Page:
Rep. Jesse Young introduces legislation to protect drivers’ privacy

In an effort to ease privacy fears for drivers throughout Washington, Rep. Jesse Young has introduced two bills, along with two constitutional amendments, that would set the bar for legislation regarding a road usage charge (RUC).

“Constituents across the state have made it clear they don't want their privacy invaded with GPS tracking or by any other means,” said Rep. Young, R-Gig Harbor. “My amendments would remove these concerns by prohibiting any type of tracking technology being used for the basis of taxation.”

House Bill 2854 would prohibit the tracking of the movement of individuals or vehicles for the purposes of determining taxes or fees to be assessed.

House Bill 2855 would limit the manner in which a road usage charge may be implemented.

House Joint Resolution 4213 would amend the state constitution so that road usage charges are limited in relation to how they may be implemented.

House Joint Resolution 4214 would amend the state constitution so that tracking individuals for the purpose of determining taxes or fees is prohibited.

These bills and amendments would act as the baseline for any discussion involving tracking vehicles to establish a RUC. At the same time, they would clearly define that double taxation cannot occur if lawmakers implement any type of RUC.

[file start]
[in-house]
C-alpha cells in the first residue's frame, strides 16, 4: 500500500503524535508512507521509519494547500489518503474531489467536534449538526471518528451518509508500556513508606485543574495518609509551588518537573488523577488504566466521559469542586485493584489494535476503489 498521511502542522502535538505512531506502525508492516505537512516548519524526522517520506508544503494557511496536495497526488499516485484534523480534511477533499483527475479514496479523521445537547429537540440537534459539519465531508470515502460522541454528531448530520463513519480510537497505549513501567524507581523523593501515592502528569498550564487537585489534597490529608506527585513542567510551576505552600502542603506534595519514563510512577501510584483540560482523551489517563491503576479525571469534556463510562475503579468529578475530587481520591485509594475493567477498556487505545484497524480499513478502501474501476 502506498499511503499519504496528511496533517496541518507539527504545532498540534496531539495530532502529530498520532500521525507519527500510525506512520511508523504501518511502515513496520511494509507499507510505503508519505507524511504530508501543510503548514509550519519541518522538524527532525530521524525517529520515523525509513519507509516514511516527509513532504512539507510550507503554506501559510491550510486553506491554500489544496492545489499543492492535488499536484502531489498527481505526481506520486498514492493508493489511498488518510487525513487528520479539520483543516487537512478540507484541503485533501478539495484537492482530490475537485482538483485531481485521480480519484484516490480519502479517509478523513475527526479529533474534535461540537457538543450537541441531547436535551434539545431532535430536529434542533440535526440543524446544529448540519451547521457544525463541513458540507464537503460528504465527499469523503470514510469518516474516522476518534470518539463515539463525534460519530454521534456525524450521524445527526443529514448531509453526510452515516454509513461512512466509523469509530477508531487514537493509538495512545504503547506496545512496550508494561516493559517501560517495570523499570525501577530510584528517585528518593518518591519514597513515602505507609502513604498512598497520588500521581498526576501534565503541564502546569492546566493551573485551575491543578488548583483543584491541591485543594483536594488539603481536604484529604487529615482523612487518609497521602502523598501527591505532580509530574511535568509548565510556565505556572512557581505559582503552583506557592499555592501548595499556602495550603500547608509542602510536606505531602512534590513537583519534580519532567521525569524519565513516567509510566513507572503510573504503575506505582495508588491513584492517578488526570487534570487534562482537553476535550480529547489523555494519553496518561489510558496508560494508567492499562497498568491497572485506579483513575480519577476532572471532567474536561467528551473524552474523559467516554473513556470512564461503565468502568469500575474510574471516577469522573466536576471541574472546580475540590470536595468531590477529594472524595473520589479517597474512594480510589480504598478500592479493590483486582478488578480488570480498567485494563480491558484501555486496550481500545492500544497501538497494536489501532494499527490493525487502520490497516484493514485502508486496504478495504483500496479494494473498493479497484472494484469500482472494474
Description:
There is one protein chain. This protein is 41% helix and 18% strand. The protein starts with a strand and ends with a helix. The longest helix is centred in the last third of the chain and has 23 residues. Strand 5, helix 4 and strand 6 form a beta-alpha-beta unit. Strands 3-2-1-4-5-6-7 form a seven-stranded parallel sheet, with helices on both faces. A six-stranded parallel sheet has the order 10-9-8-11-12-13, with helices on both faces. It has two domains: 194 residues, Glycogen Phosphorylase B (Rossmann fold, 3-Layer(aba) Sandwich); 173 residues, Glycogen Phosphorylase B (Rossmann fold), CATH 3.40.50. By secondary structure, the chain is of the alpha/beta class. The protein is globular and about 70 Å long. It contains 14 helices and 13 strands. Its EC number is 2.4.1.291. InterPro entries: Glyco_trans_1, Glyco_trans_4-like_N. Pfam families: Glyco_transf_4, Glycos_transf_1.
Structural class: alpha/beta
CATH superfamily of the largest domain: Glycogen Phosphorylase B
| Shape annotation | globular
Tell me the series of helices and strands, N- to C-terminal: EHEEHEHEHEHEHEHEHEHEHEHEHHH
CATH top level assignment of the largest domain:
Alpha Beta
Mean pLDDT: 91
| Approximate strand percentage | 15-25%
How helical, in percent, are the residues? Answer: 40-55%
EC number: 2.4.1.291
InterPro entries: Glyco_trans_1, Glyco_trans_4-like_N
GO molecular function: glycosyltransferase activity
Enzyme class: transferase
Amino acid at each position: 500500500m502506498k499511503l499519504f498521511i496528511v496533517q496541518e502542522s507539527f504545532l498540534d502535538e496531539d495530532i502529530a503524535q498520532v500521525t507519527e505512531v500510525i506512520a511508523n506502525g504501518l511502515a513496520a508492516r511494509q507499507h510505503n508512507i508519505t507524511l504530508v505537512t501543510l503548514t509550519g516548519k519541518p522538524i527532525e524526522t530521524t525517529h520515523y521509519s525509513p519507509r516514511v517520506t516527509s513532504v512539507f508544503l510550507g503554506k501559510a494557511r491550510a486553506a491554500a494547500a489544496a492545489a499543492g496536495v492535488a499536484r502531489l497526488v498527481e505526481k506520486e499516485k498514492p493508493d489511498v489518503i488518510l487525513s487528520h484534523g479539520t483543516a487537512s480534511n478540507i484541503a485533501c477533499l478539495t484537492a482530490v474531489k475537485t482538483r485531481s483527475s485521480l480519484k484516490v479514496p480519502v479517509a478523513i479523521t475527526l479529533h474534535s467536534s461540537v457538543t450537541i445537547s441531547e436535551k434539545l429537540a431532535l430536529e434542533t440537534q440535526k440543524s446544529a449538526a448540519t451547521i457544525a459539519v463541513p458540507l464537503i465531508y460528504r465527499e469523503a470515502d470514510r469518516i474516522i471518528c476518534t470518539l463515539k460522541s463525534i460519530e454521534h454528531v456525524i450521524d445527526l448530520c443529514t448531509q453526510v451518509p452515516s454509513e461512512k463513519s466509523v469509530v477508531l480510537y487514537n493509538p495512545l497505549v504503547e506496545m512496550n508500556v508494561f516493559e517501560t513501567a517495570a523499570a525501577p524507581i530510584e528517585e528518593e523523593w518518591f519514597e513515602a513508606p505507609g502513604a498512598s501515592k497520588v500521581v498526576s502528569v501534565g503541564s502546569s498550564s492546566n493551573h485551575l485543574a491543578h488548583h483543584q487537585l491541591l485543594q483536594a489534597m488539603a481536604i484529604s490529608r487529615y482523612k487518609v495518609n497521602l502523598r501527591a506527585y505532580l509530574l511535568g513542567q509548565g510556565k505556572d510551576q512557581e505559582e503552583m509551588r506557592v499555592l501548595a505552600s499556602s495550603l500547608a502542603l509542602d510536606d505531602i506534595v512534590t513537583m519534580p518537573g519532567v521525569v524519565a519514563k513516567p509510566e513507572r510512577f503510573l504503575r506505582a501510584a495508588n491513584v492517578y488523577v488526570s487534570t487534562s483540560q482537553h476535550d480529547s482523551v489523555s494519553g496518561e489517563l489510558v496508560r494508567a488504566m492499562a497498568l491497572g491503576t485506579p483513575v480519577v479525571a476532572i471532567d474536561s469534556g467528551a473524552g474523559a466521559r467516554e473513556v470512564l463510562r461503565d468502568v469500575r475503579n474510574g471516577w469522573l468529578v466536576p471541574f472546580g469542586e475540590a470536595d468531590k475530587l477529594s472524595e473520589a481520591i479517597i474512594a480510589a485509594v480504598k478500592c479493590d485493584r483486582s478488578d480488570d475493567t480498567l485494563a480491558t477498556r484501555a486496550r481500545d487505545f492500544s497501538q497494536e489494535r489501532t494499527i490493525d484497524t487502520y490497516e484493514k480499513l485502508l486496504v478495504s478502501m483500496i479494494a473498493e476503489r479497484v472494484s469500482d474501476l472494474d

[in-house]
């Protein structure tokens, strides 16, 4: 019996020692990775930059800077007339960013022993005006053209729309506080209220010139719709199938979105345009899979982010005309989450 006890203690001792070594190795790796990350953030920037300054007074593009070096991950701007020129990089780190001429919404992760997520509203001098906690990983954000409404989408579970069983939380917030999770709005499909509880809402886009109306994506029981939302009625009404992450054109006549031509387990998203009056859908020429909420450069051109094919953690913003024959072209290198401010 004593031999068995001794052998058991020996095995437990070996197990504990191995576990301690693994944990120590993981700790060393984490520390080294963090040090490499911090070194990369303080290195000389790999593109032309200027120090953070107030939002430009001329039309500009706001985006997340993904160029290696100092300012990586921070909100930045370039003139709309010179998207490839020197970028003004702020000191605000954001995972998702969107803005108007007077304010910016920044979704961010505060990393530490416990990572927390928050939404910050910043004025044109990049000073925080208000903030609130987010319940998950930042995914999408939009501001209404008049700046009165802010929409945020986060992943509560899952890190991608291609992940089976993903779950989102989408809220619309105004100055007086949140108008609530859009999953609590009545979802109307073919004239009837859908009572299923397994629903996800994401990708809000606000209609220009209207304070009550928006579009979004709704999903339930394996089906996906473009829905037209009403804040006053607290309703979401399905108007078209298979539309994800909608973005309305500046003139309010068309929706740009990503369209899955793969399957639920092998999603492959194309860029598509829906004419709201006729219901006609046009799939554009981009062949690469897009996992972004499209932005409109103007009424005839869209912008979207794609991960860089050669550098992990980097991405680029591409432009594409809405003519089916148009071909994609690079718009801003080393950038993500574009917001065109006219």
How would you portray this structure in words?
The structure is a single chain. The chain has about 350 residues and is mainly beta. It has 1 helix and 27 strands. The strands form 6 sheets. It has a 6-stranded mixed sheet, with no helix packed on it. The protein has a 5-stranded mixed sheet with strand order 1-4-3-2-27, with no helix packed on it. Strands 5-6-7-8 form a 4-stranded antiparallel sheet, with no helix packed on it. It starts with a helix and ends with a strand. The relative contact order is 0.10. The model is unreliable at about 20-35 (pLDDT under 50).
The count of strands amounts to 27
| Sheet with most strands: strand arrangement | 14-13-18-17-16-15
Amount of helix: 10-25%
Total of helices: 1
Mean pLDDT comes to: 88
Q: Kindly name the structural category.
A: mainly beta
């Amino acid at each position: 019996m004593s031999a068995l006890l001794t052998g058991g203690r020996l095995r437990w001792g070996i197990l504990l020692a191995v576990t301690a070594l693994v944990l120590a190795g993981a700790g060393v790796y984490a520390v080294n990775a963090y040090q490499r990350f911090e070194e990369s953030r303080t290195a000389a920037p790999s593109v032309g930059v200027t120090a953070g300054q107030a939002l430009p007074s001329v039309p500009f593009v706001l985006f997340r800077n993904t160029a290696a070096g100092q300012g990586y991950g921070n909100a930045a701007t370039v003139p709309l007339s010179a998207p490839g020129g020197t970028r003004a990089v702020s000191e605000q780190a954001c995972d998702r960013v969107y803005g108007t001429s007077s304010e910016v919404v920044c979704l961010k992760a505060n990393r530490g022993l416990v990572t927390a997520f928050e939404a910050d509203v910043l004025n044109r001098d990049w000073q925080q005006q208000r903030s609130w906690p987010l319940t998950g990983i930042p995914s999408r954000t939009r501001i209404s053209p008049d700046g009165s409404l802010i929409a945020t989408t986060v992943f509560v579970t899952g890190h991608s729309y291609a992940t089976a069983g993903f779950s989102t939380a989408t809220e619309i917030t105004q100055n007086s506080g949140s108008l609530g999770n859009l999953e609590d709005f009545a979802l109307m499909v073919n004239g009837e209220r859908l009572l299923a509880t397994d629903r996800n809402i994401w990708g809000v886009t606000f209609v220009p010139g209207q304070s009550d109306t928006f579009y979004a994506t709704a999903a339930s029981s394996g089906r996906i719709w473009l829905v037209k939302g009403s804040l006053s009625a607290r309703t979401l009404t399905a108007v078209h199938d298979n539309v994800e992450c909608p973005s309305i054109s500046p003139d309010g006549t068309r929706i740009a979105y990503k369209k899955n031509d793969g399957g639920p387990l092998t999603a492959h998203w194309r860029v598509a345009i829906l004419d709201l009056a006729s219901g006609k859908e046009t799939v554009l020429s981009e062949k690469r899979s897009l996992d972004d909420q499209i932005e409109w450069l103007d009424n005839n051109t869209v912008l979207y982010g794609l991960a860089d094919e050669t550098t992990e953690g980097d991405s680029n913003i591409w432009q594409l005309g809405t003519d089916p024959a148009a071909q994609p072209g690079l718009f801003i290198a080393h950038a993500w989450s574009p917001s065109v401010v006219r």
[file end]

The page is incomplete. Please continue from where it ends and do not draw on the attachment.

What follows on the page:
“Washingtonians are worried. They don't want to be double taxed with a road usage charge and a gas tax. And they don't want to be tracked,” noted Young. “If the majority party is sincere in its desire to simply transition to a more stable form of taxation, then let's remove any anxiety that Washington state citizens have concerning their personal privacy and double taxation.”

This session House Republicans have proposed making transportation a priority. They've introduced a number of bills that would help fund transportation by other means, instead of creating a new taxing system at a huge cost to Washingtonians.

“Let's honor our constituents by passing these constitutional amendments first, before discussing how to implement or transition to a road usage charge,” said Young.

The 2020 session is scheduled to run for 60 days and concludes on March 12.


Washington State House Republican Communications